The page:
||An array of two numbers specifying a range of green (or blue) hues. (60, 155) by default.
Jpeg.ApplyFilter 25, 0
Replaces the green or blue pixels of the image with an alpha channel. Introduced in Version 220.127.116.11.
For more info see the following section of the manual.
Note: the ApplyFilter method cannot be used with CMYK images.
Chroma Key refers to a visual effect where two images are combined into one in such a way that the monochromatic
(usually green or blue) background of the first image is replaced with the second image, while
its foreground subject remains intact. It is commonly used for weather forecast broadcasts, among other areas.
As of Version 2.6, AspJpeg implements the chroma key effect via the method DrawImageChromaKey of its Canvas object.
This method is similar to the DrawImage method in that it draws one image on top of another,
but it does so while removing the monochromatic background of the image being drawn.
The DrawImageChromaKey method expects 8 arguments. The first three are the same as in DrawImage: the X and Y coordinates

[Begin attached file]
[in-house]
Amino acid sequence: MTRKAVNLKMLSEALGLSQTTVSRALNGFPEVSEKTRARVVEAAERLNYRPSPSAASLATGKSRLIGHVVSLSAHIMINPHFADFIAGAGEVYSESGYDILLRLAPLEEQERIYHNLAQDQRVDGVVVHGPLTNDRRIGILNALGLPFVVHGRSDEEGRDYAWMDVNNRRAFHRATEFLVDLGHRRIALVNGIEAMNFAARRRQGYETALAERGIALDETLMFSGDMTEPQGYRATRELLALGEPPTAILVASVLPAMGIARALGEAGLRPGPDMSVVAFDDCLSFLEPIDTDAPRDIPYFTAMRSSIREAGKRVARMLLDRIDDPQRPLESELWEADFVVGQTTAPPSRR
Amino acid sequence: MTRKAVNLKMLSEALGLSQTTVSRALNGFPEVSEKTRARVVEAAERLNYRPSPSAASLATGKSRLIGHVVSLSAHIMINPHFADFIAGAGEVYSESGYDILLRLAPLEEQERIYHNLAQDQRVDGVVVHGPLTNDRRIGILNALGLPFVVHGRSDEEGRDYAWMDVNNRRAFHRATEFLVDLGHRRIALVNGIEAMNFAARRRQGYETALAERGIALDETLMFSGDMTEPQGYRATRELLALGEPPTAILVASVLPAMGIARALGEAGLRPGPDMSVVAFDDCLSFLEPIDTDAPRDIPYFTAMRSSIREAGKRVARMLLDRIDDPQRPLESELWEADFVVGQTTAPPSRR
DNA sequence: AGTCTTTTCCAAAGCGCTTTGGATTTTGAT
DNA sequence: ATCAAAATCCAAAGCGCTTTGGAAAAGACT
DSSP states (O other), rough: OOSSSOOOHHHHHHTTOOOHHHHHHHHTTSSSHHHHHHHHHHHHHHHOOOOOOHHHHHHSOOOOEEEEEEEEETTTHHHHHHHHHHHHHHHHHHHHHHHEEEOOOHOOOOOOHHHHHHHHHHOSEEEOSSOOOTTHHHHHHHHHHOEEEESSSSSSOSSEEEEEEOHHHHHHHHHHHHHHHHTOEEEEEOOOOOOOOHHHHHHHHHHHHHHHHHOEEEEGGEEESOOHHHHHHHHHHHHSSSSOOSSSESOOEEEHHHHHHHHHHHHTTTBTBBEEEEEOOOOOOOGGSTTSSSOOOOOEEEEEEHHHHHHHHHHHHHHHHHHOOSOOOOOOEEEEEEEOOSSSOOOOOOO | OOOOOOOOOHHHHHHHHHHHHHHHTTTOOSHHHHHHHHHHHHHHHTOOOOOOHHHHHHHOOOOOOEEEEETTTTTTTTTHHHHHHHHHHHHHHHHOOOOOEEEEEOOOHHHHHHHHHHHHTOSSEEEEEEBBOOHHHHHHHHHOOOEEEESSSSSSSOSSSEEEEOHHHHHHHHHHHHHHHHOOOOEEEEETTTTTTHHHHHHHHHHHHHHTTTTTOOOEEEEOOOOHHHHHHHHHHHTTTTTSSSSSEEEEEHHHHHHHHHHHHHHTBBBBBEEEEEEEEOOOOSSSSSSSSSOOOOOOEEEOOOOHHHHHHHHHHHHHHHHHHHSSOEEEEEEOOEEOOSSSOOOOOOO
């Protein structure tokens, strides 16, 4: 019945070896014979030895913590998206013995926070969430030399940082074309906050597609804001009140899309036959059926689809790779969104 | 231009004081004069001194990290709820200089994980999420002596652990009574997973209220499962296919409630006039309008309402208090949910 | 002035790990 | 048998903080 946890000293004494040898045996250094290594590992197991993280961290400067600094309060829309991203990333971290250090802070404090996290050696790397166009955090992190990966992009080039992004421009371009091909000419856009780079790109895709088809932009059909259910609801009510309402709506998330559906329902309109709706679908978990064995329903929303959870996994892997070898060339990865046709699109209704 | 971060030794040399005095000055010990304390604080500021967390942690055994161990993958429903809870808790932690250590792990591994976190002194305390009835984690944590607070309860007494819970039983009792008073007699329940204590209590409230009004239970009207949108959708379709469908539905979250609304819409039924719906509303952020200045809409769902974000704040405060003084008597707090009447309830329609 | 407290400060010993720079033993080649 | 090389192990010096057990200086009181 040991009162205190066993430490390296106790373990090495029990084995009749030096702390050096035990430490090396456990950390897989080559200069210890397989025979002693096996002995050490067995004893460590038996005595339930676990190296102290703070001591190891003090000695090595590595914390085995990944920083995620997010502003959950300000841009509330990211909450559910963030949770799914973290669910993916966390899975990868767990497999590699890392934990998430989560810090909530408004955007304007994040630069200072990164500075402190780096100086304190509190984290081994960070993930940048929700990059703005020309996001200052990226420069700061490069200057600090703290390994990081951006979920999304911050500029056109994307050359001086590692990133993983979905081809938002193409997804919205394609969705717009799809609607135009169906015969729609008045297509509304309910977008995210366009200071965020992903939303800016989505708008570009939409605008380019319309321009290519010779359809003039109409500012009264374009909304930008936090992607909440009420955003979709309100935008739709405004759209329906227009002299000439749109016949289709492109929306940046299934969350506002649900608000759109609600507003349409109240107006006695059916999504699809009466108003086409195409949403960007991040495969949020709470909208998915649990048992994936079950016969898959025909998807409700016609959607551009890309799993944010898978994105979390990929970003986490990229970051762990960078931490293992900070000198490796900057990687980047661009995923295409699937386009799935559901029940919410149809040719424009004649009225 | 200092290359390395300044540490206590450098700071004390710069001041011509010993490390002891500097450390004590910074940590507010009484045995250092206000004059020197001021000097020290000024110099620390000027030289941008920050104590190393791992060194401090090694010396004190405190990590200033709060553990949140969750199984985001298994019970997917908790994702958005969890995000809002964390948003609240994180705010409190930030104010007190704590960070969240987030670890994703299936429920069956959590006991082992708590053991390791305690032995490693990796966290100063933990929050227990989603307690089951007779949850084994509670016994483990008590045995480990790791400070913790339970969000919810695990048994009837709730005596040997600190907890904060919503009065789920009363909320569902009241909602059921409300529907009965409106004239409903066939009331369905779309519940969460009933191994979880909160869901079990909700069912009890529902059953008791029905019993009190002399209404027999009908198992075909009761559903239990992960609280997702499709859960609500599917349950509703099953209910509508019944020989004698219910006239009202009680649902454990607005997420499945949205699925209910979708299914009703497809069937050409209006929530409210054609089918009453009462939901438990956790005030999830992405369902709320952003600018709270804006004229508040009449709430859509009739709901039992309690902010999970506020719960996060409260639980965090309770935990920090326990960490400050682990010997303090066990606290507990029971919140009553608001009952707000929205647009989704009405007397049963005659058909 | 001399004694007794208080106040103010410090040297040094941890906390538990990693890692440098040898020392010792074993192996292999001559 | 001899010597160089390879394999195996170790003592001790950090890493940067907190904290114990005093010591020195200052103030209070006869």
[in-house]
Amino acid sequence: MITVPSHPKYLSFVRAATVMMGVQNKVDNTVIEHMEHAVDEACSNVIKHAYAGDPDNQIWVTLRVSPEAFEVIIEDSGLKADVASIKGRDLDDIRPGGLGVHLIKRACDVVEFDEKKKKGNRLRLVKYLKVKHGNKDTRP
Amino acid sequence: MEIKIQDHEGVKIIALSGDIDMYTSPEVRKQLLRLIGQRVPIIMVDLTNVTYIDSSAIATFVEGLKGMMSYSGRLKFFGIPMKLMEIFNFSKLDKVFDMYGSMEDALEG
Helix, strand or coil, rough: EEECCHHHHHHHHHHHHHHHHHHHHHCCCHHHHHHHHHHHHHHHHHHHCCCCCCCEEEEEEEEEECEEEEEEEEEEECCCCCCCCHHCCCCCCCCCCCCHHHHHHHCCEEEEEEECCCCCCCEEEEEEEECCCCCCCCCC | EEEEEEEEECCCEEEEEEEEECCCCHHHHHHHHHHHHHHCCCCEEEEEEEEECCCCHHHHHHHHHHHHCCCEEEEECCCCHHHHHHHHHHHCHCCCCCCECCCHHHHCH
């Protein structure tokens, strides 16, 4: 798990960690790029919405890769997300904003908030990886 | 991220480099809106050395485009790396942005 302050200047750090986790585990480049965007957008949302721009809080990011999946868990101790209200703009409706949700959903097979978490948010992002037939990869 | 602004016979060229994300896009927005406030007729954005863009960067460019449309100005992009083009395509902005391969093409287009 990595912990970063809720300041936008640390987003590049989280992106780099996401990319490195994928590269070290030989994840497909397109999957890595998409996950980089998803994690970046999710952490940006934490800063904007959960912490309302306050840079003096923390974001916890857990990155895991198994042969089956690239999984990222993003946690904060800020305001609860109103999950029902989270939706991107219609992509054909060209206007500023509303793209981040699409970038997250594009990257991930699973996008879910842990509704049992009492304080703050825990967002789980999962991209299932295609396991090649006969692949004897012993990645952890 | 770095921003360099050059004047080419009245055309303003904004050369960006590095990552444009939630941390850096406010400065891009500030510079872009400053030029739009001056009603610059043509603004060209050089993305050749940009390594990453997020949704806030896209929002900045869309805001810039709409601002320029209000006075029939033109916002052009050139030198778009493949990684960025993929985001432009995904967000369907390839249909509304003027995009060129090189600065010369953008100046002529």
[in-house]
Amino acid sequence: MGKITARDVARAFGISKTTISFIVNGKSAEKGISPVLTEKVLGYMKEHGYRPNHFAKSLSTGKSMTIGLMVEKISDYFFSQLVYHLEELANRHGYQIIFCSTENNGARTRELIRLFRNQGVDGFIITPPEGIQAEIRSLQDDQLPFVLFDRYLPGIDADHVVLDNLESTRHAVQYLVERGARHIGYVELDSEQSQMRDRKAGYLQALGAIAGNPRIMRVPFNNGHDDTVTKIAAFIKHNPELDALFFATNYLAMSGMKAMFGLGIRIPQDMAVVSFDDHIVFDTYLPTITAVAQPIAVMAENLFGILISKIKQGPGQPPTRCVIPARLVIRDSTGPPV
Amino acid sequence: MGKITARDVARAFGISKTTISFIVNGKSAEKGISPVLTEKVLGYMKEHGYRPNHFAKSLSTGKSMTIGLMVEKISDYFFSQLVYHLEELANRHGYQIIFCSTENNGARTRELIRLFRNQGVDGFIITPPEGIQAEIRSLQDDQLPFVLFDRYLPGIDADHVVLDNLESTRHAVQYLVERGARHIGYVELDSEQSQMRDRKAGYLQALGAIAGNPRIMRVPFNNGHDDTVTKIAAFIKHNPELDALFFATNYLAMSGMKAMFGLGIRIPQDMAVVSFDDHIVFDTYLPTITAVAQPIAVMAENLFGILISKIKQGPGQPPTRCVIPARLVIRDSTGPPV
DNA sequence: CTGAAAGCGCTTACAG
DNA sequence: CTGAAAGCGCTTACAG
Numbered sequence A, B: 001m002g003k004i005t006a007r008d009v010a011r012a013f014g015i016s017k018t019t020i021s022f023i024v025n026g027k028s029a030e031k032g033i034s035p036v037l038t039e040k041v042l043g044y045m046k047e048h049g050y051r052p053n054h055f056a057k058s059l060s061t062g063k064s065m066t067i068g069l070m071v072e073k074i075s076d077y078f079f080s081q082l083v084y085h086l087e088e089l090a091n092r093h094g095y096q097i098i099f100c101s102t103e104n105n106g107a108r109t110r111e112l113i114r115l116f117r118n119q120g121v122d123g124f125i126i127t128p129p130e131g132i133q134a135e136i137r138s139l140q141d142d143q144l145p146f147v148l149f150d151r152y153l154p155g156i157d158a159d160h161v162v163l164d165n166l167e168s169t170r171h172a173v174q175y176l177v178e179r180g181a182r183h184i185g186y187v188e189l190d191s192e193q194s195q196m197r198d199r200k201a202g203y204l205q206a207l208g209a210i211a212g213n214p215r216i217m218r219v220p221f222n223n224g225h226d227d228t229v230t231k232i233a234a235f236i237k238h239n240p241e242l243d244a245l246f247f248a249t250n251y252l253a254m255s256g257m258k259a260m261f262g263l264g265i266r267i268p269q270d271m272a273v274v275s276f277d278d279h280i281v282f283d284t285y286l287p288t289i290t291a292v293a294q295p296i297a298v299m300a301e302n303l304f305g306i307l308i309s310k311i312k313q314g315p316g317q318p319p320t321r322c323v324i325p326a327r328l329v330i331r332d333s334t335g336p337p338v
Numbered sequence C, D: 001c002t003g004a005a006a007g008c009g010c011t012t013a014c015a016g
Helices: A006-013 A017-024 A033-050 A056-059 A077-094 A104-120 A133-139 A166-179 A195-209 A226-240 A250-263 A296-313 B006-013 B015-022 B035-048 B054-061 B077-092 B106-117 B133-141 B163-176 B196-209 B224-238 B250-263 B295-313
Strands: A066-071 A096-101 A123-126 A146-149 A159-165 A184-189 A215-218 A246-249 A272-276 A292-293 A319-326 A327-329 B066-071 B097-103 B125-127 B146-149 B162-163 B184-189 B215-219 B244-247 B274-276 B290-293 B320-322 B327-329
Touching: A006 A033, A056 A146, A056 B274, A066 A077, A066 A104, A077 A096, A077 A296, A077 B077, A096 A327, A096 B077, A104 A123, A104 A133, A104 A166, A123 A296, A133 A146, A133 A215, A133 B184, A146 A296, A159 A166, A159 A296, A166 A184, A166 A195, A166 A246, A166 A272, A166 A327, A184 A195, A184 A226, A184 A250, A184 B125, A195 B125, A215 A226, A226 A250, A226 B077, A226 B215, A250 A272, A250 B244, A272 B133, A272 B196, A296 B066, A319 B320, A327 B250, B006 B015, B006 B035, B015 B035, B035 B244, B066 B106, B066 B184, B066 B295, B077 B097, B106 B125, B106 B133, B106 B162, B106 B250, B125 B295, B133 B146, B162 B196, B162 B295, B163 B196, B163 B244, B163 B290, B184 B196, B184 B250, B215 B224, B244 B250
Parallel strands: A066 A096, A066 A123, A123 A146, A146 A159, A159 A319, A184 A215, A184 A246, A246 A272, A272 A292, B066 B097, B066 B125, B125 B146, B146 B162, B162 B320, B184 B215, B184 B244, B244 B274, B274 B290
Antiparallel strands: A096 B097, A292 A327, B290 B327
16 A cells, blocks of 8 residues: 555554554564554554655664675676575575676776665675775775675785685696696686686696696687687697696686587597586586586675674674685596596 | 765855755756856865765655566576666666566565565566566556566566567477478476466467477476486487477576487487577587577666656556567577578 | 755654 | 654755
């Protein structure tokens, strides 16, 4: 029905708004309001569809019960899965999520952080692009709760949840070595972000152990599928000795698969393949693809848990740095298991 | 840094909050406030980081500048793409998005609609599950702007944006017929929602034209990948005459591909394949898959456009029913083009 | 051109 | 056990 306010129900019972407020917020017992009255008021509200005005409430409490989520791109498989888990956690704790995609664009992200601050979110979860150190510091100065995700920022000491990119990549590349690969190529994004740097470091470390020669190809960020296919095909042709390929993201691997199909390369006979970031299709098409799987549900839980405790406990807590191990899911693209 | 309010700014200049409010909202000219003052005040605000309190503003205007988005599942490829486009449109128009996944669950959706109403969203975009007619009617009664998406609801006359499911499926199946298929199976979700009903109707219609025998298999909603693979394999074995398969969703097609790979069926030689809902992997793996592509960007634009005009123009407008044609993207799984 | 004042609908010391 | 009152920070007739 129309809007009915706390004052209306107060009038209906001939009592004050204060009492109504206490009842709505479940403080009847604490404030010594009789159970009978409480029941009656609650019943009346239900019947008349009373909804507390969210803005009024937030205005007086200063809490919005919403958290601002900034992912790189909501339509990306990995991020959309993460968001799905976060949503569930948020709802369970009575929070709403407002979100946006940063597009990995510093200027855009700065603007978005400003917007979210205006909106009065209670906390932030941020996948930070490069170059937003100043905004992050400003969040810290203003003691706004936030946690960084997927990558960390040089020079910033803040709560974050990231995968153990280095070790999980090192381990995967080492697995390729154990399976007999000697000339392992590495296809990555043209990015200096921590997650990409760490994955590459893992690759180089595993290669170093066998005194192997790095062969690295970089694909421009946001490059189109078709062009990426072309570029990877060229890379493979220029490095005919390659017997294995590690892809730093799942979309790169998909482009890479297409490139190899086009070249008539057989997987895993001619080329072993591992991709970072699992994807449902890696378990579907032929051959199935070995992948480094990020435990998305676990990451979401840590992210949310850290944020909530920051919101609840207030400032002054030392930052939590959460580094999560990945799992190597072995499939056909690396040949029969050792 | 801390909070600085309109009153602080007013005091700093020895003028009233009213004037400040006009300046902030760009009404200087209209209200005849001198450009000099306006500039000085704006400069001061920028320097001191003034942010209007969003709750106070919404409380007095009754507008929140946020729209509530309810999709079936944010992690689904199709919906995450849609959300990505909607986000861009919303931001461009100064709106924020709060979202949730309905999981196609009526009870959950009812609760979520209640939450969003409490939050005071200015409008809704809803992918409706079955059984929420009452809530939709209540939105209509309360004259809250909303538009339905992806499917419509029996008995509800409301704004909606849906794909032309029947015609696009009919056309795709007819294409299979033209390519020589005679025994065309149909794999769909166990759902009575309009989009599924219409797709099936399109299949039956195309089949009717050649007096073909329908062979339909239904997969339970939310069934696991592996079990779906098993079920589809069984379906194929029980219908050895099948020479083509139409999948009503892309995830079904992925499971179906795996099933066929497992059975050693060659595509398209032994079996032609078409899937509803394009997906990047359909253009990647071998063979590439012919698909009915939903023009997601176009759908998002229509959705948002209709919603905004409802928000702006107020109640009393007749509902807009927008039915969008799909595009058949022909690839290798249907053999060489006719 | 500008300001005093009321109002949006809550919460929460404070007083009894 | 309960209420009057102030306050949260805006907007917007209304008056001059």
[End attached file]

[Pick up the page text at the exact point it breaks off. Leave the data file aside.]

and an instance of the AspJpeg object representing the image to be drawn on the current image.
The other 5 arguments control the handling of the monochromatic background of the image
being drawn: the RGB values of the key color (the predominant color of the background), and two color distances Dist1 and Dist2.
All pixels with the colors closer to the key color than Dist1 are made fully transparent.
All pixels with the colors farther from the key color than Dist2 are made fully opaque.
All pixels in between are made semi-transparent for better blending. All these arguments are to be
chosen by trial and error for each background.
The image above was created using the following code sample:
Set BG = Server.CreateObject("Persits.Jpeg")
' Open background image
BG.Open Server.MapPath(".") & "/../images/gym.jpg"
' Open image with subject against monochromatic background
Set Jpeg = Server.CreateObject("Persits.Jpeg")
Jpeg.Open Server.MapPath(".") & "/../images/greenscreen.jpg"